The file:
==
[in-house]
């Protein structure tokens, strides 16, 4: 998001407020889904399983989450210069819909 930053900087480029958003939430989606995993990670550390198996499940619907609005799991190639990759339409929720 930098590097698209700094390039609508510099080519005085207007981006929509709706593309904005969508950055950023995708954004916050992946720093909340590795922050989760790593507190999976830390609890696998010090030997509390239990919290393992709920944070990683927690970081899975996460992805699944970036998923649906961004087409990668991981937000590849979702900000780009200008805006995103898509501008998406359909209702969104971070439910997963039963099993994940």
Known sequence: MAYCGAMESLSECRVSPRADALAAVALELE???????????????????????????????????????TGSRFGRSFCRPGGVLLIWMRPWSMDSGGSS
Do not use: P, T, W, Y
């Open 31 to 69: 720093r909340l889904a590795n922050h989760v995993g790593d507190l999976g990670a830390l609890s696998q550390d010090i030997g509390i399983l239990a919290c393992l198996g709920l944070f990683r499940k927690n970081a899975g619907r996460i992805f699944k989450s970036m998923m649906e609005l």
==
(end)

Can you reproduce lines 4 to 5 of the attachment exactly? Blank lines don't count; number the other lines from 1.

Do not use: P, T, W, Y
């Open 31 to 69: 720093r909340l889904a590795n922050h989760v995993g790593d507190l999976g990670a830390l609890s696998q550390d010090i030997g509390i399983l239990a919290c393992l198996g709920l944070f990683r499940k927690n970081a899975g619907r996460i992805f699944k989450s970036m998923m649906e609005l």